Explanations on Paintings




A Vaishnava priest in conversation with two devotees
Bundikalam, late 18th century, 24.5 25.9 cm

A Vaishnava priest sits facing left on a chauki below a tree. His outstretched right hand indicates that he is in conversation with a devotee who sits cross-legged on the terrace in front of him. The devotee is clad in a yellow dhoti and holds a manuscript in his left hand. Behind him sits another devotee in a white dhoti wearing a white turban and telling the beads of a rosary (akshamala) with his right hand. Both devotees have a full beard and sectarian marks on the forehead, throat, breast and shoulders, like the priest and the attendant behind him. This young attendant waves a small hand-fan near the head of the priest and carries a crooked stick. Four white birds are flying in the blue sky above a yellow landscape.

The four figures are identified by Nagari inscriptions above their heads. The name of the priest or prior is given as 'Mahamta îsaradâsajî'. The devotee in front of him is 'Kisanadâsajî' and the second devotee is called 'Samtokadâsajî'. The name of the attendant is 'Caranadâsajî'. 

The sectarian marks identify the four men as Vaishnavas, perhaps belonging to the Ramanandi order. The title of the prior, Mahant, indicates that he does not belong to one of the most common Vaishnava sects, the Vallabhacharya Sampradaya. The crooked staff held by the attendant belongs to the mahant and is a common attribute of wandering monks of various religious orders. Kisandasji has opened the manuscript in his left hand and Isardasji seems to be commenting on a passage in the text.

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Krishna kills Srigala
Mughal, c. 1590, 29.3 18.7 cm.

The painting is divided into two parts: a scene showing a fortified town beyond small hills and a river in de top part, and a battle field at the bottom, where the main action takes place. Krishna arrives on the battlefield from the left, standing immovable on his two-wheeled chariot drawn by two horses. The charioteer is sitting on the shaft holding the reins with his left hand and whipping the horses with his right. The horses, thus driven, are rearing up in front of two horses of another chariot which arrives from the right hand side whose charioteer turns around to see his master Srigala being beheaded by Krishna's infallible weapon, the chakra. Srigala's trunk is about to collapse on the chariot while his head with the crown at its side lands on the ground.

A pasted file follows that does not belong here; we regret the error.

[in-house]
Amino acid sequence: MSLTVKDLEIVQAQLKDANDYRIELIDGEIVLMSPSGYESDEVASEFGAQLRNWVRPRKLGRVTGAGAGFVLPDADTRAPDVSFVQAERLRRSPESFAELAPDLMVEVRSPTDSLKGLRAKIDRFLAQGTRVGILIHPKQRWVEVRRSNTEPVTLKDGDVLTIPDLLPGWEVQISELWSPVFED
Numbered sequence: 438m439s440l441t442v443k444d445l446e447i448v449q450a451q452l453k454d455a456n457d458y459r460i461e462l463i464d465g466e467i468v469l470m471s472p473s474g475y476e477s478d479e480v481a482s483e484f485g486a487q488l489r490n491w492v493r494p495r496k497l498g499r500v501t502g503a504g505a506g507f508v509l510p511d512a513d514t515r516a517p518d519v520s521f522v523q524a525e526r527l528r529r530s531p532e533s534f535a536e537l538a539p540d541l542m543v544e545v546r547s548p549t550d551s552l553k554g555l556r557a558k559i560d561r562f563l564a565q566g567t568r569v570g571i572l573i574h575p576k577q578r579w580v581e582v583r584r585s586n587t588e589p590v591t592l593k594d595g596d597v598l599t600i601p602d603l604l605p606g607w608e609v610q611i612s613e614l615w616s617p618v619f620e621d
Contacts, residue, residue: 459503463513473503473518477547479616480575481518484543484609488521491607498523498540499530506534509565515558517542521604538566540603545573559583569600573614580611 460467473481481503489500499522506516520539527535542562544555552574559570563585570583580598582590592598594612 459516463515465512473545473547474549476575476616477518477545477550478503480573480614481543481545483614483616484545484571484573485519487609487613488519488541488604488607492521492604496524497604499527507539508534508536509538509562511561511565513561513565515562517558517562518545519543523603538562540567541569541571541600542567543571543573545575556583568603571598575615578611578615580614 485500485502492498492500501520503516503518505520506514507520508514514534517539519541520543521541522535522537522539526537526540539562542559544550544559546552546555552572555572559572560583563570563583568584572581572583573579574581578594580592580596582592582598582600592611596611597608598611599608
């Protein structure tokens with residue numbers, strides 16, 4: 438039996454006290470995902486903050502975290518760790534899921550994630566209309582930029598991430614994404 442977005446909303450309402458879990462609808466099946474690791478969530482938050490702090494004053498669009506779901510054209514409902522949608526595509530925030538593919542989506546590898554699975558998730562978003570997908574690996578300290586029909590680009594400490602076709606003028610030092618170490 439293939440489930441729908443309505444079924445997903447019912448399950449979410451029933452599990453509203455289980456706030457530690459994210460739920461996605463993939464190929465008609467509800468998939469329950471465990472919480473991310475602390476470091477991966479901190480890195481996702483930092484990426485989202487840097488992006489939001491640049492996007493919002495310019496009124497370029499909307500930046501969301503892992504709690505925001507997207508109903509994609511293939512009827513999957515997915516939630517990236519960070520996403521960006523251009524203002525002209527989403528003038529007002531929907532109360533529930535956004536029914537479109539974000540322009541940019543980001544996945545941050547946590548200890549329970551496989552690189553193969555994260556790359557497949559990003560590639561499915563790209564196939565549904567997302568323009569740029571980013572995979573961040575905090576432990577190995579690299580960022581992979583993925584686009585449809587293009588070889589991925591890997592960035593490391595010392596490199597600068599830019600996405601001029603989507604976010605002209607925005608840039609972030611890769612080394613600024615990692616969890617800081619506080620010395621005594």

This scene is witnessed by Krishna's elder brother, Balarama, who sits in a chariot on Krishna's proper right side, holding his plough with his right hand, while his charioteer turns to him and points at the beheaded combatant with his outstretched left hand. Another charioteer in the foreground points with both hands at the slain warrior while turning his head towards his master. 

Three armed horseman arriving from the right are also moved by this tragic event. The battlefield is bordered by stony hills at the rear, behind which a pool with lotuses is visible. A group of seven soldiers, some of them on horseback, have witnessed the scene on the battlefield from a distance in the vicinity of a city. One of them raises his arms in despair, while two other soldiers motion towards the field with their outstretched arms. A soldier on foot, armed with a shield and sword, moves towards a horseman who has just passed through the city gate leading several armed riders.

The city gate is flanked by two towers, topped with battlements and built of red sandstone like the other walls and protruding bastions, which are partly hidden behind deciduous trees or tall plantains. Flat roofs and closely grouped cupolas dominate the appearance of the city. A courtyard with a well at one end is filled with soldiers on foot and armed horseman, while other soldiers appear on the battlements of the city. 

This painting belongs to an imperial Mughal manuscript of the Harivamsha ('genealogy of Hari', i.e. Vishnu-Krishna). Still the most important contribution to the study of this illustrated translation of the Hindu epic, which forms a sort of appendix to the larger epic of the Mahabharata.

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Vasudeva carries the child Krishna to the house of Yashoda
Mewar, late 18th or early 19th century, 21.7 37.3 cm
[An illustration to a Hindi version of the Bhagavatha Purana (X,3,49)]

This narrative painting has to be 'read' from left to right: Vasudeva has left the prison in the left section of the painting, where the guards with demonic heads are sleeping in front of the door. Devaki, exhausted from giving birth to Krishna, sleeps on the bed within the enclosure of the prison. Vasudeva carries the child Krishna on his head and has just reached the river Yamuna when a terrible thunderstorm starts. Streaks of lightning in the shape of golden snakes are visible in the dark sky. In this situation, the snake Shesha arrives to shelter the child from the terrible downpour. The river has swollen considerably, but it gives way to Krishna and Vasudeva, who are able to ford it without difficulty, still protected by the hoods of Shesha and now also accompanied by a tiger. Vasudeva reaches the other side of the river safely and continues his way to the house of Yashoda, still protected by the snake.

The Nagari inscription in the text panel reads:

'srî bhâgavate, dasama ro patra, 32,
pache jamunâjî, 
srî bhagavâna râ carana jadî lâgâ vihâra dîdho'

('folio from the Bhagavata tenth [book/folio] 32. The Yamuna gave way after it touched the feet of the Lord').